Rabalais: Week 1 of NFL season full of noteworthy performances by former LSU Tigers

Behind the purple and gold mask he has to wear at practice, Ed Orgeron the LSU football coach has to be wishing he had some of the 14 former Tigers selected in the NFL draft back for this 2020 season.

But Ed Orgeron the LSU recruiting magnate could look to the future and be pleased at that number and what former Tigers across the map accomplished during Week 1 of the NFL season. And what it means for recruiting.

Basically, the whole thing has been one big advertisement for LSU football: “Come to LSU, eat well, get drafted high.”

Forty-three former Tigers were on opening-day active NFL rosters, and many of them opened with banner efforts, though the biggest name, Heisman Trophy winner and No. 1 overall draft pick Joe Burrow, refused to grade himself on the curve.

“At the end of the day, I made too many mistakes for us to win the game, and we didn’t make enough plays,” Burrow, the Cincinnati Bengals quarterback, said ruefully after an all-too-Bengals-like 16-13 loss to the Los Angeles Chargers. He gave himself a “D” for his efforts.

Burrow did make his mistakes, mostly in the Trying To Make Too Much Happen Dept. The biggest error was an ill-advised shovel pass that Chargers defensive end Melvin Ingram intercepted, snuffing out a scoring opportunity for the Bengals that could have at least resulted in a field goal.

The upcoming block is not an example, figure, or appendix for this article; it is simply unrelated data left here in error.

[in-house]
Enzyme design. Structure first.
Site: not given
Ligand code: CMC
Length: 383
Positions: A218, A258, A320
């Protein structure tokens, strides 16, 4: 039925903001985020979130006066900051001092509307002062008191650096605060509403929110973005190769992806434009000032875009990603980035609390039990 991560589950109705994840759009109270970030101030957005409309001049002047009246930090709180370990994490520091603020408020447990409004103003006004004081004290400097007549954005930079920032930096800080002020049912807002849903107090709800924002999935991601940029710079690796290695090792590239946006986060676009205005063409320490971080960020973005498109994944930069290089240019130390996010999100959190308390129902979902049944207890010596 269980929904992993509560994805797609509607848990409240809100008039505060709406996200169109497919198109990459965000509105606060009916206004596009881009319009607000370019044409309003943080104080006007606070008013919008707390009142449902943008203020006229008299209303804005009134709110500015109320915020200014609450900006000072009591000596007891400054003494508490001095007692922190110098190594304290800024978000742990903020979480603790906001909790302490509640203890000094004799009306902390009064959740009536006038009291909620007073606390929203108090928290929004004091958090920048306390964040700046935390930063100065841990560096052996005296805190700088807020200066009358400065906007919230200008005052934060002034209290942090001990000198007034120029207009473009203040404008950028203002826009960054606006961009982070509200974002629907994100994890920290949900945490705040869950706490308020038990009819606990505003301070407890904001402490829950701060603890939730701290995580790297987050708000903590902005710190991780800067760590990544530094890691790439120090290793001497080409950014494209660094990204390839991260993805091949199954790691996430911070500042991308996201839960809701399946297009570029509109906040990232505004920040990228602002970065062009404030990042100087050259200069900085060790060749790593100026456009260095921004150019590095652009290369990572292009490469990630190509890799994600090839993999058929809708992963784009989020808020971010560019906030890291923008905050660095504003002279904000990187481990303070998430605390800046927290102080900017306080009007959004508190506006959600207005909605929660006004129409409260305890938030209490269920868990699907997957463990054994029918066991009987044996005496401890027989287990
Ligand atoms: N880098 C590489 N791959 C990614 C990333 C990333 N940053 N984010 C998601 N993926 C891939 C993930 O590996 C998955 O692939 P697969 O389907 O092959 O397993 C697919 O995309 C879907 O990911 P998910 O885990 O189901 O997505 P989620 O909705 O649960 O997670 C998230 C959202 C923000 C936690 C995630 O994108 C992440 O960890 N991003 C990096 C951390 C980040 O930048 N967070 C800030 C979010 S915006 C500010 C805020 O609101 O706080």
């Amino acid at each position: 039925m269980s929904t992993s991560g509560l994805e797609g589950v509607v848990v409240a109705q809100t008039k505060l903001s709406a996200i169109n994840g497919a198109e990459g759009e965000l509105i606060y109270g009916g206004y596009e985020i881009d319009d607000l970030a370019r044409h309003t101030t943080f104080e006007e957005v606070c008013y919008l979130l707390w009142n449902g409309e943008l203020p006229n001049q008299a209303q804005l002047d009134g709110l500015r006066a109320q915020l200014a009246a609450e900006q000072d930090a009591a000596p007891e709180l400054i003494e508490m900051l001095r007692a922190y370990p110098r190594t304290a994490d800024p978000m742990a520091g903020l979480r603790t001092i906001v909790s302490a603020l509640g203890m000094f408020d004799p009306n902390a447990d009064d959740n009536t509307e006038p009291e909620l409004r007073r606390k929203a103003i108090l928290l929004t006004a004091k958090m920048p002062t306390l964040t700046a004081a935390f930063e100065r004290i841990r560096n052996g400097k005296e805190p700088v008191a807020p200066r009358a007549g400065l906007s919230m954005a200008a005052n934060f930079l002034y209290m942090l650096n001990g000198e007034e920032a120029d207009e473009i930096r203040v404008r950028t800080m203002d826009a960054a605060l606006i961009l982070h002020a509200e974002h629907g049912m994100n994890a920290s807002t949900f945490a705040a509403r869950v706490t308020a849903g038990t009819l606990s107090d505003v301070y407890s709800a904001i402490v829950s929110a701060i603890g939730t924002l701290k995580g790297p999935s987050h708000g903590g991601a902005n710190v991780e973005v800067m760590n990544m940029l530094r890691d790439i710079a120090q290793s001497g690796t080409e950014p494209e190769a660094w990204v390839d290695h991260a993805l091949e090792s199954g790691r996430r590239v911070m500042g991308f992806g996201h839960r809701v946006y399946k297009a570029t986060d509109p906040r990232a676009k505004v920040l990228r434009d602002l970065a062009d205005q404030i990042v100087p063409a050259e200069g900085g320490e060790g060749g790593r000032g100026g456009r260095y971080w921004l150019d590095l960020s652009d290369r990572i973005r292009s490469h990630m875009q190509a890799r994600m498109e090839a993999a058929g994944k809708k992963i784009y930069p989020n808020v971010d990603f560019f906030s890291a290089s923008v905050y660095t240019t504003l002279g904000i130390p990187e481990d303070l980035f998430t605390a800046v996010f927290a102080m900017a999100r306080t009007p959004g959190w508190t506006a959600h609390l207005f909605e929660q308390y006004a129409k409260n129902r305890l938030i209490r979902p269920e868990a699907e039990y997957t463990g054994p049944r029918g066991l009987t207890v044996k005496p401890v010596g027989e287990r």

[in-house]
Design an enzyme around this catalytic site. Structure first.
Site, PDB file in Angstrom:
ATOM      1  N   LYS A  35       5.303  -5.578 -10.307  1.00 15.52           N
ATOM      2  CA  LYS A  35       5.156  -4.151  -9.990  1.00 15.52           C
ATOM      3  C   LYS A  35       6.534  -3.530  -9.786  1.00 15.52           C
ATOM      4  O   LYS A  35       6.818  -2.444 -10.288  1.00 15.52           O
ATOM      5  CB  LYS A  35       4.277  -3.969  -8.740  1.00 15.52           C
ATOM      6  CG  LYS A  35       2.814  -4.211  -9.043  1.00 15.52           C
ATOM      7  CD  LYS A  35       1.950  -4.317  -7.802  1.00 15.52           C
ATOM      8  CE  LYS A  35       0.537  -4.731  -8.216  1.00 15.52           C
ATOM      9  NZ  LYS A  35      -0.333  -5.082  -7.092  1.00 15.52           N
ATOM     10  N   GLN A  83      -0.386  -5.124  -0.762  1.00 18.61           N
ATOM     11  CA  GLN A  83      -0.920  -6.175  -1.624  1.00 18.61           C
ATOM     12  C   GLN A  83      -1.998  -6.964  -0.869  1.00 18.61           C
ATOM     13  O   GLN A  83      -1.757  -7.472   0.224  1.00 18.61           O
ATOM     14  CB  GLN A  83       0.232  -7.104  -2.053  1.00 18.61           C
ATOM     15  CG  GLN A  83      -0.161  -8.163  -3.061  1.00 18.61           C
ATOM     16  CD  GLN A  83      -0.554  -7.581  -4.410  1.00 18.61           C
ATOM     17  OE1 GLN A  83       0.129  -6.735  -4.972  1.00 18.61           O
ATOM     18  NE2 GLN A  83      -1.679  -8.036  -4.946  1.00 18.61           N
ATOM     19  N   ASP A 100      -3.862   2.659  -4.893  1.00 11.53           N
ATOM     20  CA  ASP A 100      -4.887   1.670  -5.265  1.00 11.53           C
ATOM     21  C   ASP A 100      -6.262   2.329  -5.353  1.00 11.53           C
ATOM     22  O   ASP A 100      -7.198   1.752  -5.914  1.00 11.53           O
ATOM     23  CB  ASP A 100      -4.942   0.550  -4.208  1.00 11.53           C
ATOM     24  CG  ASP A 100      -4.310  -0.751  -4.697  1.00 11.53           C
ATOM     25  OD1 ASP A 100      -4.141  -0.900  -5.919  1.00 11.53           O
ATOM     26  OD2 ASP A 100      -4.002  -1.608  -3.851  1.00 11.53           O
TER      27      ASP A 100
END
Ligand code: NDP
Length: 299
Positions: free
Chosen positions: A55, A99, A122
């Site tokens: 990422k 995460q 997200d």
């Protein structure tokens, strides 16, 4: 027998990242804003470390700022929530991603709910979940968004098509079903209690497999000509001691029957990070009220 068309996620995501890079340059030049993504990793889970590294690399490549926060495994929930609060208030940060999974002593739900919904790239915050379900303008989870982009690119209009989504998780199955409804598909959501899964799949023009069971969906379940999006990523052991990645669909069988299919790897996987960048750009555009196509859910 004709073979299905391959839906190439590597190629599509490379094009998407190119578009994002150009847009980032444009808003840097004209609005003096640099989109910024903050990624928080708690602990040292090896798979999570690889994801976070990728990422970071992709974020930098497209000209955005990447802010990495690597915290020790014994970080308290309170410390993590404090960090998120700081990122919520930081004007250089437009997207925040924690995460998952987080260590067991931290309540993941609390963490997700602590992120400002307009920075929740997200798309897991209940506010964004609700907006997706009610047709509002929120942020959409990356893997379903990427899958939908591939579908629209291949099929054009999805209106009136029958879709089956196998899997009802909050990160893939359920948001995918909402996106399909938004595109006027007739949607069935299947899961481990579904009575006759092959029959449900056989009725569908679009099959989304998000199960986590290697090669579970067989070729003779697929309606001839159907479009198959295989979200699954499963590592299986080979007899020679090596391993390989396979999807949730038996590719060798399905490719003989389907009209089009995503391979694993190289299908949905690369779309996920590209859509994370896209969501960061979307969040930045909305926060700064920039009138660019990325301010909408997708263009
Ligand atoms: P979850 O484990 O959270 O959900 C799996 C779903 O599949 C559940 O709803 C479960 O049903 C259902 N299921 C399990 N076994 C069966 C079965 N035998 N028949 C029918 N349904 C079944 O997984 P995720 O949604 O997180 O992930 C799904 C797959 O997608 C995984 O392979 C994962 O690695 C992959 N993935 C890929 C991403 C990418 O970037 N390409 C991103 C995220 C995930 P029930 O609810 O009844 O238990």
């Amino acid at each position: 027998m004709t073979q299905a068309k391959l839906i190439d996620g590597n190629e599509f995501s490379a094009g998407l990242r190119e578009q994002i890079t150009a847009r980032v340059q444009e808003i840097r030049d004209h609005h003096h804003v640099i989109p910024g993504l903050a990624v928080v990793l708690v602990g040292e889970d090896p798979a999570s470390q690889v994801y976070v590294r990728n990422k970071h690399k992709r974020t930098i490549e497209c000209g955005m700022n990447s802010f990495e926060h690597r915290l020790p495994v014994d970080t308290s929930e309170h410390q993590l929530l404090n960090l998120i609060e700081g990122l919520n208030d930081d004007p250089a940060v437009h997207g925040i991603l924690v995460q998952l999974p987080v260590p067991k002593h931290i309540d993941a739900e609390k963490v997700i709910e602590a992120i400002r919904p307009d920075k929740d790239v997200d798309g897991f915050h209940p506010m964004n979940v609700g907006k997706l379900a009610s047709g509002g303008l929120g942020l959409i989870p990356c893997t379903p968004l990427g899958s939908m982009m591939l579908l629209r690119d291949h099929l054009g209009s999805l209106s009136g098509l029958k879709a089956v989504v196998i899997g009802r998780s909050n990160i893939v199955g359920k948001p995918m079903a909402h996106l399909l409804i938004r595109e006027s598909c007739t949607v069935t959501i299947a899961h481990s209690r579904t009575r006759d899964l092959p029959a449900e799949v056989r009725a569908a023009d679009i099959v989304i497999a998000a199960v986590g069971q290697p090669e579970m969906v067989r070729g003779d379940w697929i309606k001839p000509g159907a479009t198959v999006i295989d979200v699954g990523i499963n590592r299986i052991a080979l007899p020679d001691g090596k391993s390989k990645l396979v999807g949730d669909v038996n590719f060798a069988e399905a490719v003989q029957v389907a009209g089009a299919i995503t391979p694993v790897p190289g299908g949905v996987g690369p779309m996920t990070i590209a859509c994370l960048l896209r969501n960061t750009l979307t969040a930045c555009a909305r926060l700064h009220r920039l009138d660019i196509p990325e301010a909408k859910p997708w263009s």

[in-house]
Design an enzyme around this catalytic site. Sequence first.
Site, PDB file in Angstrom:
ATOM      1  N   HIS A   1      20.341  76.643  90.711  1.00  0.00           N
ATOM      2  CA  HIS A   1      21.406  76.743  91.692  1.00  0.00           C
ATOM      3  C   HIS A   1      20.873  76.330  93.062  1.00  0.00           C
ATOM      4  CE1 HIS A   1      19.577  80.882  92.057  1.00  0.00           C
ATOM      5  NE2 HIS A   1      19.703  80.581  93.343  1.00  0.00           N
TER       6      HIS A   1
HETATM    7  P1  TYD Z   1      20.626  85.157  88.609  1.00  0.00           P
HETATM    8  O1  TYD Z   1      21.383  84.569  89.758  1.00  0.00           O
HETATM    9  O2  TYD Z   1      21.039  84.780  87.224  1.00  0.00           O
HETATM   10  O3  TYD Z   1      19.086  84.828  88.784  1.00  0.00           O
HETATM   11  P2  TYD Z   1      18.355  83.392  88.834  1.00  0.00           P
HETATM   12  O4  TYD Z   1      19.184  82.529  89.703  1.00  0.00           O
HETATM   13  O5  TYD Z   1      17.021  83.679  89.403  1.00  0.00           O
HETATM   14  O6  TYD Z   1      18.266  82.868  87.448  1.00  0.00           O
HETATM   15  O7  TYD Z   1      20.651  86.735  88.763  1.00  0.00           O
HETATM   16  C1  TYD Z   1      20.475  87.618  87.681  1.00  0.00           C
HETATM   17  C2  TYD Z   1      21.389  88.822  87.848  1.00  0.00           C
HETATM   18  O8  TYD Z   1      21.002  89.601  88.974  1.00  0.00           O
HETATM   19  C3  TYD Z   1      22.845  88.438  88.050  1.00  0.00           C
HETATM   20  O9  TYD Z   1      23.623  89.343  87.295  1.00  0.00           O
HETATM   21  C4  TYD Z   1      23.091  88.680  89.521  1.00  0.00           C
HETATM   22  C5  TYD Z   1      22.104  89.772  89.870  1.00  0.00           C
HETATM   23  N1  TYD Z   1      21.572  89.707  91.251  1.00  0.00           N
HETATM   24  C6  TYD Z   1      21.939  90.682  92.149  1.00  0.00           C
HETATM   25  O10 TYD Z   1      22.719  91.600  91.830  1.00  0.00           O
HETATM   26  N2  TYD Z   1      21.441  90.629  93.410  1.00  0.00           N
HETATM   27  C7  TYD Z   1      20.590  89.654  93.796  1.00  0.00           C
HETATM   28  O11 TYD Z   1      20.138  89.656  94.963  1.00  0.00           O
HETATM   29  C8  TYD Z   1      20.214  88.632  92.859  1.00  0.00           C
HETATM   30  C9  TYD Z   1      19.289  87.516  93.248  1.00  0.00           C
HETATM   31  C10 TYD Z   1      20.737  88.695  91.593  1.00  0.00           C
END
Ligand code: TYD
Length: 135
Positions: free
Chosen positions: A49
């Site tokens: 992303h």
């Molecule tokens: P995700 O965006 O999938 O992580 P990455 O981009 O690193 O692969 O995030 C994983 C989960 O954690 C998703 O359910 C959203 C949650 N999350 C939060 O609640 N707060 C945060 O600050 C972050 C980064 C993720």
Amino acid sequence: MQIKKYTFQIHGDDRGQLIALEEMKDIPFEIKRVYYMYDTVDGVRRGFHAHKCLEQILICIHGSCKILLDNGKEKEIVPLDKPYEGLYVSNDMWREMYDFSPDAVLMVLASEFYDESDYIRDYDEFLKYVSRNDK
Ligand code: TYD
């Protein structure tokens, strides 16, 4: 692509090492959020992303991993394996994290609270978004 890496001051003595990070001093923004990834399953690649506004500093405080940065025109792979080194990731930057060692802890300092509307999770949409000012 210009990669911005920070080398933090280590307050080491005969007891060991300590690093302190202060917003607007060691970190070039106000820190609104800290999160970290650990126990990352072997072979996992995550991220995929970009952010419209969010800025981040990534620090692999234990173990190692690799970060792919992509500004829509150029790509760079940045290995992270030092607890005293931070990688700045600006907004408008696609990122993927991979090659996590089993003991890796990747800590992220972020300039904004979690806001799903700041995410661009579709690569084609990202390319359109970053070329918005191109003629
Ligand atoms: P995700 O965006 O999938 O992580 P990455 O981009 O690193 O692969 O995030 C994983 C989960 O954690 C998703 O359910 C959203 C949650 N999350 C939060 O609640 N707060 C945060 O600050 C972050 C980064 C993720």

A total of 43 former LSU players on active NFL rosters: see where they play, plus others

Members of NFL teams (as of Sept. 8) who played for LSU. Practice squad, injured reserve and other reserve lists are included:

Maybe.

One drive later Burrow was back, the pinpoint passing he showed at LSU marching the Bengals downfield for an apparent go-ahead 3-yard touchdown pass to A.J. Green on a beautifully thrown touch pass to the right-side boundary. But the receiver was flagged for clear offensive pass interference, wiping out the score and forcing Cincinnati to try a 31-yard field goal to force overtime with :07 left.

Unfortunately for a disbelieving Burrow, Randy Bullock’s kick was wide right, his first miss in his past 25 field goal attempts (it was easy to be cynical about him grabbing his leg in pain after he apparently grabbed his own throat). It was Burrow’s first loss since that epic and controversial seven-overtime defeat in November 2018 at Texas A&M.

But it wasn’t a total loss for Ohio Joe. He definitely had his moments, going 23 of 36 for 193 yards and rushing eight times for 46 yards with a 23-yard touchdown run. And again, he looked like a savvy veteran on that last drive.

Watch Joe Burrow's first NFL touchdown during Cincinnati Bengals season opener

It took just more than 12 minutes for Joe Burrow to record his first career NFL touchdown.

So who was the biggest LSU star of Week 1? You would be hard-pressed to pick anyone but Clyde Edwards-Helaire. He had a brilliant coming out party in the Kansas City Chiefs’ 34-20 Thursday night victory over the Houston Texans. CEH rushed 25 times for 138 yards, including a nifty 27-yard against-the-grain cutback touchdown run. Now if only the announcers could get his last name right (The “H” in “Helaire” is silent, folks).